Review (November 1998)
The wait is killing us. Basketball fans want to know in some cases need to know if Michael Jordan has taken his final shot as a player in the National Basketball Association. The future of Jordan and the Chicago Bulls was a major subplot to the 1997-98 NBA season. While the Bulls went about the business of winning another world championship, everyone was dogging the various members of the organization along the way to find out if this was indeed a last hurrah. Jordan, now 35 but still capable of pulling us out of our seats at any moment after another spectacular play, said he’d considered coming back for another season if the rest of his championship cast came back.
Once the Bulls defeated the Utah Jazz in the finals for their sixth championship in eight years in June, coach Phil Jackson wasted little time in cleaning out his office and heading to Montana. Scottie Pippin, one of the greatest players in league history in his own right, sounded like a man who was ready to claim free-agent riches from another team when he spoke right after the Finals. The 1998 season sure felt like the last ride for one of the great teams in basketball history.
Then the lockout came in July. Basketball players and owners couldn’t figure out how to divide the millions upon millions of dollars coming into their collective bank accounts. Players transactions were put indefinitely on hold. As summer came to an end, the league’s record of never missing a regular- season game due to a labor dispute appeared in serious jeopardy. But the casual fan didn’t care much about that. That fan was more interested in knowing if Jordan would ever play again, and that hadn’t been resolved as of late September.
So, we wait.
At least Jordan has given us something to do while waiting for some sort of resolution. He has produced a book called For the Love of the Game, which reviews his pro career to date. It was produced in conjunction with the same people who worked on Rare Air with him, and it features a similar if much larger format.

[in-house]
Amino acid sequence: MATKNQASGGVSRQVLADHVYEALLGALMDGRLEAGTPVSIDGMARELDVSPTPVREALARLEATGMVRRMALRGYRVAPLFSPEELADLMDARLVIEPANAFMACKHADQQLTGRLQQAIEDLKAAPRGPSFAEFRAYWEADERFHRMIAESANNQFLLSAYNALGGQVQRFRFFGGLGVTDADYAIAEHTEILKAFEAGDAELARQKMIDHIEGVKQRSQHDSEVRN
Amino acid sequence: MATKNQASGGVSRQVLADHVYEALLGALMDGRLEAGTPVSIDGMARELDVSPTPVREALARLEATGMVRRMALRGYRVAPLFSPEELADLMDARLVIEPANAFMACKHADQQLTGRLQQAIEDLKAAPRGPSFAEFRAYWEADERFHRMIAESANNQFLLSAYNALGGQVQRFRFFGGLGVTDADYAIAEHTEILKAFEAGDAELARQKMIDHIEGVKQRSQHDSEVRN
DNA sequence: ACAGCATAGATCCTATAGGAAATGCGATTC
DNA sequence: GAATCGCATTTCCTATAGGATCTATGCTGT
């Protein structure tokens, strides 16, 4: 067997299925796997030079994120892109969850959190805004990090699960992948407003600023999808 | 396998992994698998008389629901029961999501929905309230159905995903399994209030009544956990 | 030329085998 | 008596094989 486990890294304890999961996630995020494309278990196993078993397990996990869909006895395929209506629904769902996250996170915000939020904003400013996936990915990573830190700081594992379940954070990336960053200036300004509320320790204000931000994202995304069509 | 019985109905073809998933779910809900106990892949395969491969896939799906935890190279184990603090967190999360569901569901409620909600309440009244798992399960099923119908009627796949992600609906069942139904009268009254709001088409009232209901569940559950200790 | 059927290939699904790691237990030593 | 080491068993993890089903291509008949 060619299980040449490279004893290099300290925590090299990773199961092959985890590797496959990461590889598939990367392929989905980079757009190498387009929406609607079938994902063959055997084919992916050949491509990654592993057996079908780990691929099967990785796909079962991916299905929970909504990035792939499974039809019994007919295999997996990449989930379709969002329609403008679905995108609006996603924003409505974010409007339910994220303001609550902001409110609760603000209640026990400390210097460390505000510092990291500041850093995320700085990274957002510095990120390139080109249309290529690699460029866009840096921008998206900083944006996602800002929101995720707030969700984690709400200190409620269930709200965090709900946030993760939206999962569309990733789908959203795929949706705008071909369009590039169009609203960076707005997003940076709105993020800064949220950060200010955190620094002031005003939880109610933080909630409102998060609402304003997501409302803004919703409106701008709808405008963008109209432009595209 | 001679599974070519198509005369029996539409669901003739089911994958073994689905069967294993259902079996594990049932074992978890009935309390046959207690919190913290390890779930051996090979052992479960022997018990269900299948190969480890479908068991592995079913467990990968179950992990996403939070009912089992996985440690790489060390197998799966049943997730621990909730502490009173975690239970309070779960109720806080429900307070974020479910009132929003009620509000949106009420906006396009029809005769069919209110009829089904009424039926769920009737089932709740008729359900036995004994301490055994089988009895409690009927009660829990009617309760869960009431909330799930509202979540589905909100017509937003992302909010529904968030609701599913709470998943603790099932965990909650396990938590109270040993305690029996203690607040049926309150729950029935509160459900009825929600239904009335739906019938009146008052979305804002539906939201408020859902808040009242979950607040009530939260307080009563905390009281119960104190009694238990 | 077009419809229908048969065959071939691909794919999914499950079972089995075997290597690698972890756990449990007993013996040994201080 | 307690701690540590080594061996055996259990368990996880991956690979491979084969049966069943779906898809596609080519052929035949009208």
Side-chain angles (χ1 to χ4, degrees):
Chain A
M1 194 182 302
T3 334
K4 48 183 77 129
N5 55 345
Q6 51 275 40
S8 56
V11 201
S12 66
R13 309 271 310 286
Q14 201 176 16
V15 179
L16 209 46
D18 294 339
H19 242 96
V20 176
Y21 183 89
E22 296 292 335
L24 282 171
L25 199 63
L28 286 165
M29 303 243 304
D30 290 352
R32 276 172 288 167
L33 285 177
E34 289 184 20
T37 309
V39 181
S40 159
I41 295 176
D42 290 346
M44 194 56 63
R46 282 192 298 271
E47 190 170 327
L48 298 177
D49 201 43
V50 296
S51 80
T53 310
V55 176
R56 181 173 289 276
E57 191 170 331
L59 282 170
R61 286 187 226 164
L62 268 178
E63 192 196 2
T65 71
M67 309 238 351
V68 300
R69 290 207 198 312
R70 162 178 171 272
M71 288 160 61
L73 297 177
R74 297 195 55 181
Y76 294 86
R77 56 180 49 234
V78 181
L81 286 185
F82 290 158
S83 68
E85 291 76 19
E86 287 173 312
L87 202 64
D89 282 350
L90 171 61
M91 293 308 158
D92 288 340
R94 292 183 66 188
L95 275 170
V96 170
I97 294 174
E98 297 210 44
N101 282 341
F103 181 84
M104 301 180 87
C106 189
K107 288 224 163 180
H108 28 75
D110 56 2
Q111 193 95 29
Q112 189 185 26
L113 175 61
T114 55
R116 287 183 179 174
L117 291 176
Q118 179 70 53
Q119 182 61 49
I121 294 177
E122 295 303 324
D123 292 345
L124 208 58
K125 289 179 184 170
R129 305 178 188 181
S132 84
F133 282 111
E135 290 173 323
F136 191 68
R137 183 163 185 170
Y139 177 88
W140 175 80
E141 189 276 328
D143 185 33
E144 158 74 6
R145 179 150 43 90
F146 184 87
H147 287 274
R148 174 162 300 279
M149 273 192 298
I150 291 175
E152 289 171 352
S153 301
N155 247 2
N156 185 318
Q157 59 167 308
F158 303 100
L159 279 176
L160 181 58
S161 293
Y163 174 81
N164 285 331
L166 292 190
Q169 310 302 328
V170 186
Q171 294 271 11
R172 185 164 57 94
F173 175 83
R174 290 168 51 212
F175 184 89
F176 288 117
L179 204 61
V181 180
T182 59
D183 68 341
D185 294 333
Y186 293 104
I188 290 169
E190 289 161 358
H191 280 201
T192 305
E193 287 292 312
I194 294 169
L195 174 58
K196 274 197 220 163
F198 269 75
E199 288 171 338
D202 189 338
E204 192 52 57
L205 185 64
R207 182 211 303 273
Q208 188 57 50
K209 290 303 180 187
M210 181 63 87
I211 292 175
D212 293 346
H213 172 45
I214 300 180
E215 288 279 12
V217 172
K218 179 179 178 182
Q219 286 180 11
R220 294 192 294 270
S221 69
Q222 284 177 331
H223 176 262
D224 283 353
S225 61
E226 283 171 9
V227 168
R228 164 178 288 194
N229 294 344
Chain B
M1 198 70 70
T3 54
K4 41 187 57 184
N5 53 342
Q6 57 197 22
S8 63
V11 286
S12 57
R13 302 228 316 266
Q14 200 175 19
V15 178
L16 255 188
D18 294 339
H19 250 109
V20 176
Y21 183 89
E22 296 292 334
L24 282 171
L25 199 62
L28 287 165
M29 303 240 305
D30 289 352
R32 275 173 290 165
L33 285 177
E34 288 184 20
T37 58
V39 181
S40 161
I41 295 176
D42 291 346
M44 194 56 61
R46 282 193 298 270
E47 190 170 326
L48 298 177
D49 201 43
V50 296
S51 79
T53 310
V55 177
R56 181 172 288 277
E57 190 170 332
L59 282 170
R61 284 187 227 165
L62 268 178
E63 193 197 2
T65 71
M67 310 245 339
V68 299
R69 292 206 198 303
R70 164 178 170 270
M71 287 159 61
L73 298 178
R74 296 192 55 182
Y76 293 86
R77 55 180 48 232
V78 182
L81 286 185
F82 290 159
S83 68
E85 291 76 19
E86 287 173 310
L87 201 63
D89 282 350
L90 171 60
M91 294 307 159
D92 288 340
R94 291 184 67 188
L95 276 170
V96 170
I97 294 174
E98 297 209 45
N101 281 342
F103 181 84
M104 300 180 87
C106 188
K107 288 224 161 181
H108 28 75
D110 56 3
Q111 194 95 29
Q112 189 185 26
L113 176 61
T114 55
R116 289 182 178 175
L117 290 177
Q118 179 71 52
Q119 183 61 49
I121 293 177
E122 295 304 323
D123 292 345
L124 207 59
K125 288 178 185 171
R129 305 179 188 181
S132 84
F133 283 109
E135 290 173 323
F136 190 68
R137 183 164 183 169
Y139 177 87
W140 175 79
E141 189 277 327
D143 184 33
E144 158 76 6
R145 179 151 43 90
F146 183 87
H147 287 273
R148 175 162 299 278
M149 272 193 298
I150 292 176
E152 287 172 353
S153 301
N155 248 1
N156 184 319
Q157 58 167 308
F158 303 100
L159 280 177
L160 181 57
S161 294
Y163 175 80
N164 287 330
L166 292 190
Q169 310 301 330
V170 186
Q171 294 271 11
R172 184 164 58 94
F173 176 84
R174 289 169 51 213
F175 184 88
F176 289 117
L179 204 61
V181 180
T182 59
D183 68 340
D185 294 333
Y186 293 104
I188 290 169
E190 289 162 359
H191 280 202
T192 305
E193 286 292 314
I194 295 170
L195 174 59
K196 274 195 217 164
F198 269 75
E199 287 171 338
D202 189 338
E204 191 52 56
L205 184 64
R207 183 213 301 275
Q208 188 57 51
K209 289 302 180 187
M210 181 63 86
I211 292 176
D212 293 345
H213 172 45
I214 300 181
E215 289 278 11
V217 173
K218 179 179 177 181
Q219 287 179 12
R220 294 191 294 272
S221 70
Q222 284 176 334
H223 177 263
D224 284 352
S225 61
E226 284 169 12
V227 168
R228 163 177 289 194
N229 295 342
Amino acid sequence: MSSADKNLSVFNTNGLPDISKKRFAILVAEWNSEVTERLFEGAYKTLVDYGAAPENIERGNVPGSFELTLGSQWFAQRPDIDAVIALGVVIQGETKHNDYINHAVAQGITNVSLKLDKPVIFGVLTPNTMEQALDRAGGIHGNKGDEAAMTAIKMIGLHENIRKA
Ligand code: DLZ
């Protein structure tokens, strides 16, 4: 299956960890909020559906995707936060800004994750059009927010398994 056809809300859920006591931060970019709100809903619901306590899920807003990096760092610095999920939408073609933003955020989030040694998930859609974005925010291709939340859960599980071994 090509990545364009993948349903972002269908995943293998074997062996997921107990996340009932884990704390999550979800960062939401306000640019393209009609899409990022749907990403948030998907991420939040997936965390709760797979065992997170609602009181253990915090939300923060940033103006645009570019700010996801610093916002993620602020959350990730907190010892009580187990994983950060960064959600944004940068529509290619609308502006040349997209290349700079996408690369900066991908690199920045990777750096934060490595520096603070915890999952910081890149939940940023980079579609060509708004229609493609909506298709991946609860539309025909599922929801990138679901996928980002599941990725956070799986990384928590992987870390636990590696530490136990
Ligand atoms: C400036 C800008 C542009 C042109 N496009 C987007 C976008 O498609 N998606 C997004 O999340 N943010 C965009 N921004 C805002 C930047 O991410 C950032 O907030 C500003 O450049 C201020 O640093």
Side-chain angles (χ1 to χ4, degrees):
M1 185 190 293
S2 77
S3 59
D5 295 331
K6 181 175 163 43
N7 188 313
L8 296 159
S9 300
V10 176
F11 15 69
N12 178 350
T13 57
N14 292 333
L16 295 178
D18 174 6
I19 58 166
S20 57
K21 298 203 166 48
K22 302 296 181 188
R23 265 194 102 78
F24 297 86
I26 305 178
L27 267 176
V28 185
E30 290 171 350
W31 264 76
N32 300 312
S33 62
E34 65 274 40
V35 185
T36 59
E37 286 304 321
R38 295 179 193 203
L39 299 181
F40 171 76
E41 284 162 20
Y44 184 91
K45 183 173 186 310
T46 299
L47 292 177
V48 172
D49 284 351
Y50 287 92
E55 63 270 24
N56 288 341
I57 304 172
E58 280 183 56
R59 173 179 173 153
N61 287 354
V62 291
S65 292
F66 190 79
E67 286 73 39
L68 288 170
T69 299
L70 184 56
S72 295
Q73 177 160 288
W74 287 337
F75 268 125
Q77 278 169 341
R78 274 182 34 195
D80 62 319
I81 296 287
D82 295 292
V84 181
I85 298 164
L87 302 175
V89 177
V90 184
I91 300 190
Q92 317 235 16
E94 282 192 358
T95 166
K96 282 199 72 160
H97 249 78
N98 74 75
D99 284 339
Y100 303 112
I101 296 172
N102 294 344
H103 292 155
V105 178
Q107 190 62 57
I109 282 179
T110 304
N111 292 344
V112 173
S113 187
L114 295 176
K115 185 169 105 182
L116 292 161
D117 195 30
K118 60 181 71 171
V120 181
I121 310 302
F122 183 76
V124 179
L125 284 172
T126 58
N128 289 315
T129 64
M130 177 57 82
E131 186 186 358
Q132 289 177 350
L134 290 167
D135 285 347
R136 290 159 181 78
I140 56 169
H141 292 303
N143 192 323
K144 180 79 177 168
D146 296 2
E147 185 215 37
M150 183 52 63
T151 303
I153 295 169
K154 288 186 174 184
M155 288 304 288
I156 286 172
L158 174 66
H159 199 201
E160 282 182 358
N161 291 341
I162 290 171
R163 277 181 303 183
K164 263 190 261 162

Jordan and his staff went through almost 10,000 photographs to pick out the 200 used in the book. A particularly striking one is a double-page shot of Jordan’s personal trophy room at home. The shelves are stacked up with awards, as you’d expect, but the floor contains the biggest surprise. It’s made up of the wood from the middle of the basketball court at the new demolished Chicago Stadium, complete with the angry bull’s face in the center circle.
The photos are complimented by more than 20,000 words by Jordan himself. It’s an effort to put his career into a bit more perspective than we usual get from him. The daily sound bites in the media from Jordan usually center on his next game or his last game, so it’s nice to read him expounding on some different subjects.
No one could blame Jordan if he decided to quit basketball right now. He is universally acclaimed as the greatest all-around player in the history of his sport, and he’s won championships in his last six full seasons. Jordan’s final moment in the 1998 playoffs might have been his best. He stole a pass from Utah’s Karl Malone and then hit a jump shot in the final seconds to give his team a victory and a title in Game Six all while realizing that an injury to Pippin would make victory for his team in Game Seven an almost impossible task. No one could have staged a better exit line.
But then again, another championship will be an even greater challenge this coming season, and as For the Love of the Game proves Jordan always has liked a challenge. His fans, then, will look through this book, smile at the memories of his accomplishments, and wait to see if he will add to them in the future.
Budd Bailey is a writer in Buffalo, New York
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